Like a Cassandra, here we are reaping what we sowed..
We are at an intersection in our culture where two forces are at work. Altruism versus narcissism. Jim Collins author of the best selling From Good to Great evaluated the fortune 500 companies and came to the conclusion that Level 5 leaders are essential to take a company from good to great status. He lauds leaders like Bill Packard who maintained a low profile and maintained a work ethic of hard work and long term goals. on the other hand, there are companies that are created and are addicted to charismatic leaders who offer advantages.
But with the dramatic discontinuities going on in the world today, more and more large corporations are getting into bed with narcissists. They are finding that there is no substitute for narcissistic leaders in an age of innovation. Companies need leaders who do not try to anticipate the future so much as create it. But narcissistic leaders—even the most productive of them—can self-destruct and lead their organizations terribly astray. For companies whose narcissistic leaders recognize their limitations, these will be the best of times. For others, these could turn out to be the worst.
from "Narcissistic Leaders: The Incredible Pros, the Inevitable Cons" by Michael Maccoby won a McKinsey Award, which recognizes the two best Harvard Business Review articles published each year.
Unless one has the experience of dealing with narcissism, it is difficult to appreciate how strong a force drives the grandiosity of the narcissism. Remember the phrases, "I am the greatest; I am all powerful; the space is mine; it belongs to me; only what I want matters." Furthermore, since narcissism is ruled by "black and white" thinking, it is great, or it is nothing, and therefore a failure. There is no space for collaboration, for becoming or for emergence of a process. Bruce Gregory, Ph.D extracted from chapter to Pathways to Sustainability: The Age of Transformation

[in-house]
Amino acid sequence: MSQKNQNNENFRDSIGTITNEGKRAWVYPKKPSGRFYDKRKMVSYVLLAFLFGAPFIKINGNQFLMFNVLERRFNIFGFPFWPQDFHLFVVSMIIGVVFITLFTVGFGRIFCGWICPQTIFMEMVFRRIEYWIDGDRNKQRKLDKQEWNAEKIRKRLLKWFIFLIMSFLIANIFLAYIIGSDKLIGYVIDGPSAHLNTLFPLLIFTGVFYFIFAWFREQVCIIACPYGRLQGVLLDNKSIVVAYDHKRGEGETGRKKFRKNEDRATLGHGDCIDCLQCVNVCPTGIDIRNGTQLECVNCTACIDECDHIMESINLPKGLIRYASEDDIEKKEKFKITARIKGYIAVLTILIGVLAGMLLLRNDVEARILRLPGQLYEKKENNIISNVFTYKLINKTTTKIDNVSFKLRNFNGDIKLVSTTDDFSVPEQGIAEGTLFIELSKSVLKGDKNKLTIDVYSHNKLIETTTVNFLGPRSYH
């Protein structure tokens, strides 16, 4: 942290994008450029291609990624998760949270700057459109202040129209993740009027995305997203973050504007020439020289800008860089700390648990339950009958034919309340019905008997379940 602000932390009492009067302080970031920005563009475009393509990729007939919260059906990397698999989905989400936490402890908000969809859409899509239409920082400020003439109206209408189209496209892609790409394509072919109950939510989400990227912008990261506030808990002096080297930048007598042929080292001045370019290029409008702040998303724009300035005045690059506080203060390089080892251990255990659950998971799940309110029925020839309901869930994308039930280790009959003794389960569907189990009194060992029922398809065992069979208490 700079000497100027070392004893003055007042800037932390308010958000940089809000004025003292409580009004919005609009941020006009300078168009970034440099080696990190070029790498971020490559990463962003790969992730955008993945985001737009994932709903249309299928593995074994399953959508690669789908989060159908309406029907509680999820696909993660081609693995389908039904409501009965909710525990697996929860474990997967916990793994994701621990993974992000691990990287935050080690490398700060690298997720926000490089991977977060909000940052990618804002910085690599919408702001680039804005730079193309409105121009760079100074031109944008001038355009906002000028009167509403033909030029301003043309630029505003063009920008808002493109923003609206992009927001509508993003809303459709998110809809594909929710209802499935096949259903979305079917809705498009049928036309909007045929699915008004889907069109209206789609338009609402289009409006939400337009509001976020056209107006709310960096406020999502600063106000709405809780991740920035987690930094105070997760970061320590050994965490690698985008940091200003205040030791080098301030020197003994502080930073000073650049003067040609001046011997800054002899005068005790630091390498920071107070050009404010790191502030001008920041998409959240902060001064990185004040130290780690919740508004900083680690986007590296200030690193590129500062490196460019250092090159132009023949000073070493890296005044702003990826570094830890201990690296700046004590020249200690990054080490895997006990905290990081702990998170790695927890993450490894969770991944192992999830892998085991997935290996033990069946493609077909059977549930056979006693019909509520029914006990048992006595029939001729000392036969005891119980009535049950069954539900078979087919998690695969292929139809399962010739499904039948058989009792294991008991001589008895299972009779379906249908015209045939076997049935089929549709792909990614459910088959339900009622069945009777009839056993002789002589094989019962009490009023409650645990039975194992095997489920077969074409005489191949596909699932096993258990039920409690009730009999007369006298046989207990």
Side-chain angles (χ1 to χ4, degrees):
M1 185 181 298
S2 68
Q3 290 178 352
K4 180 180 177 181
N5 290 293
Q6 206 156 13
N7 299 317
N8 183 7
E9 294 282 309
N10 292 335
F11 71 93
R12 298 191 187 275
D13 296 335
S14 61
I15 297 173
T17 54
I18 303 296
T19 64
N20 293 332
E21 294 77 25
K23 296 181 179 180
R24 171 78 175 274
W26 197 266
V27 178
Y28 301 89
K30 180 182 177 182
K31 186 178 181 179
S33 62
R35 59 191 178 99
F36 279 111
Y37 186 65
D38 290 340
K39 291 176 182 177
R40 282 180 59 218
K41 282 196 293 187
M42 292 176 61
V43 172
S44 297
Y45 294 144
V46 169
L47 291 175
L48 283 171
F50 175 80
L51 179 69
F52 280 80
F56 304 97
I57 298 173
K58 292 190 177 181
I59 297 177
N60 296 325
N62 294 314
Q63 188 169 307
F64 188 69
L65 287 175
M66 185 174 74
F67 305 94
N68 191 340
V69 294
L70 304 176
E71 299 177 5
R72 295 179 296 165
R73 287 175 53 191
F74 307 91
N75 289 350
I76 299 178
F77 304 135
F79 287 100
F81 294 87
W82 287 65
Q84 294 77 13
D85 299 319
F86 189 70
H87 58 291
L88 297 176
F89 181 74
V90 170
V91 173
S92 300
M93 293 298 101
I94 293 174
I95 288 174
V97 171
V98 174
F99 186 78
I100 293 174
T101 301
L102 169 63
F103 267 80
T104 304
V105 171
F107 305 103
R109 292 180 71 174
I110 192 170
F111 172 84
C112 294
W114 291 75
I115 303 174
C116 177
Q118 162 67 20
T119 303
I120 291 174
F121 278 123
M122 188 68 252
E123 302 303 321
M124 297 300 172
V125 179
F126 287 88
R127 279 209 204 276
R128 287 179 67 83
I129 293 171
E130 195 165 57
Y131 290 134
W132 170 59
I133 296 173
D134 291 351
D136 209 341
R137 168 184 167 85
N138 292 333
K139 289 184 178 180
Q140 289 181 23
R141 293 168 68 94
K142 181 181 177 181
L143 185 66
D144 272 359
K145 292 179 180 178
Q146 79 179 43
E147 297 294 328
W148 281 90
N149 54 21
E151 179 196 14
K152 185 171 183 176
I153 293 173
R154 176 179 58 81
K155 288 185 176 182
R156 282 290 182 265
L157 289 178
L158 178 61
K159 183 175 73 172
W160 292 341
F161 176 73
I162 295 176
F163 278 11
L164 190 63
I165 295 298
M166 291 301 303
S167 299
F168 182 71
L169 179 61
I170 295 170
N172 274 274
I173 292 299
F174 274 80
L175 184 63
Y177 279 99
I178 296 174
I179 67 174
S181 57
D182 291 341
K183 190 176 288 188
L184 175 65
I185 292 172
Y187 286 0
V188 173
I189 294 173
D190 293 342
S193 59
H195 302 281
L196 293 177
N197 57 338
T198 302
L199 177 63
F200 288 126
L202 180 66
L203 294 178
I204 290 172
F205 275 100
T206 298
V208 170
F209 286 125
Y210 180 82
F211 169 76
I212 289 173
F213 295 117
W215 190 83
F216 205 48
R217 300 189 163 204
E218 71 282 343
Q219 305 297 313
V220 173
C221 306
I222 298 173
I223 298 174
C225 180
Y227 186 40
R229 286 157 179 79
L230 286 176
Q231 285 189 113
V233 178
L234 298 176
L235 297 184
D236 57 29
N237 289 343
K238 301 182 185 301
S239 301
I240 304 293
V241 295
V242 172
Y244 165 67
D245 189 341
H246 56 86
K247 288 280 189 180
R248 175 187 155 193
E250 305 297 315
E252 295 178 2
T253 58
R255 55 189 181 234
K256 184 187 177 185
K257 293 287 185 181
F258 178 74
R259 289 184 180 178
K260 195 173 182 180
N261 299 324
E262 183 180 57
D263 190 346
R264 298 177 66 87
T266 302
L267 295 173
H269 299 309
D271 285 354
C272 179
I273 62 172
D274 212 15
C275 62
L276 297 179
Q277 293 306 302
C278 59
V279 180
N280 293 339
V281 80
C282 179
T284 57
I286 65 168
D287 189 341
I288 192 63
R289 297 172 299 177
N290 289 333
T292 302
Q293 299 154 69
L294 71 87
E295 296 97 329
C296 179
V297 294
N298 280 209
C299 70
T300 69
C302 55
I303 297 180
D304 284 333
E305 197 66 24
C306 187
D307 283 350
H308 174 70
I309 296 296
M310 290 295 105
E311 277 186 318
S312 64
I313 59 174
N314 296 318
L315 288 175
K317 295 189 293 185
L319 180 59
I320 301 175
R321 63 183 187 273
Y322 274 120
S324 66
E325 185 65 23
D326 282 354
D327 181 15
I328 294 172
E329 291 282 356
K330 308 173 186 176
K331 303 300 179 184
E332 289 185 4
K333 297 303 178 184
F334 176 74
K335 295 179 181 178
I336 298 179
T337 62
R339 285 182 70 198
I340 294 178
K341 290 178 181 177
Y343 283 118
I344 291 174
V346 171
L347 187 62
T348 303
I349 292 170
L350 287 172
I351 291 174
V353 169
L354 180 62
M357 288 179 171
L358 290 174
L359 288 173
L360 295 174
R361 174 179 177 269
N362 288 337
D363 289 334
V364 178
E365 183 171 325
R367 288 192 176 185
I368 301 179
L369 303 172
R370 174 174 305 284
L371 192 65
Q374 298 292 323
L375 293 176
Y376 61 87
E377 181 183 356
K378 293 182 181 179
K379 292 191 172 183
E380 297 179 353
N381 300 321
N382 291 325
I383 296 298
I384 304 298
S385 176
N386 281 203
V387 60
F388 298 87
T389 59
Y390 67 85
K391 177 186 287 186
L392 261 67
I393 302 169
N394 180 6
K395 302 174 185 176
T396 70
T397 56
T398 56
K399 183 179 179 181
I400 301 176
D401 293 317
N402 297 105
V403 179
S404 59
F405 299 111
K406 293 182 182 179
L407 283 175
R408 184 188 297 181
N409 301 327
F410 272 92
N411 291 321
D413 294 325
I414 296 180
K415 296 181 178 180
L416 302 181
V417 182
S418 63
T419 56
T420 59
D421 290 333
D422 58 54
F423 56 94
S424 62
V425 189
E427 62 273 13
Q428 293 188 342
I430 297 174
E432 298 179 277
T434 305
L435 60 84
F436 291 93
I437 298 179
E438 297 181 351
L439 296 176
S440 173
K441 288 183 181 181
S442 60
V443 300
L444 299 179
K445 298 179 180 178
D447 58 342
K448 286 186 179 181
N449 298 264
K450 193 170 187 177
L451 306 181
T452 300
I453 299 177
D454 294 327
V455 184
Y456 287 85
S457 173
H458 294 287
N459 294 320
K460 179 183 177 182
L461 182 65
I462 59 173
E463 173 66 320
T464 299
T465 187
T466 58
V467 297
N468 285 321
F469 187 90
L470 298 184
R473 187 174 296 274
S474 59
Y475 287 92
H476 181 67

"I am not bound to win, but I am bound to be true. I am not bound to succeed, but I am bound to live by the light that I have. I must stand with anybody that stands right, stand with him while he is right, and part with him when he goes wrong." Abraham Lincoln
Harvard Business Review focuses on narcissists
The Harvard Business Review Jan-Feb 2000 (pages 69-77) contains an article by Michael Maccoby entitled Narcissistic leaders : the incredible pros, the inevitable cons. The article explores the strengths and weaknesses of the narcissistic leaders and suggests that "because of their independence and aggressiveness, they are constantly looking out for enemies, sometimes degenerating into paranoia when they are under extreme stress."
The article continues: "Narcissistic leaders typically keep others at arm's length ... given their difficulty with knowing or acknowledging their own feelings, they are uncomfortable with other people expressing theirs - especially their negative feelings ... Narcissists are almost unimaginable thin-skinned ... They cannot tolerate dissent. In fact, they can be abrasive with employees who doubt them or subordinates who are tough enough to fight back. Steve Jobs (CEO and Founder of Apple), for example, publicly humiliates subordinates. Thus, although narcissistic leaders often say they want teamwork, what that means in practice is that they want a group of yes-men. As the more independent-minded players leave or are pushed out, succession becomes a particular problem ... There is a kind of emotional intelligence associated with narcissists, but it's more street smart then empathy. They know who they can use. They can be brutally exploitative."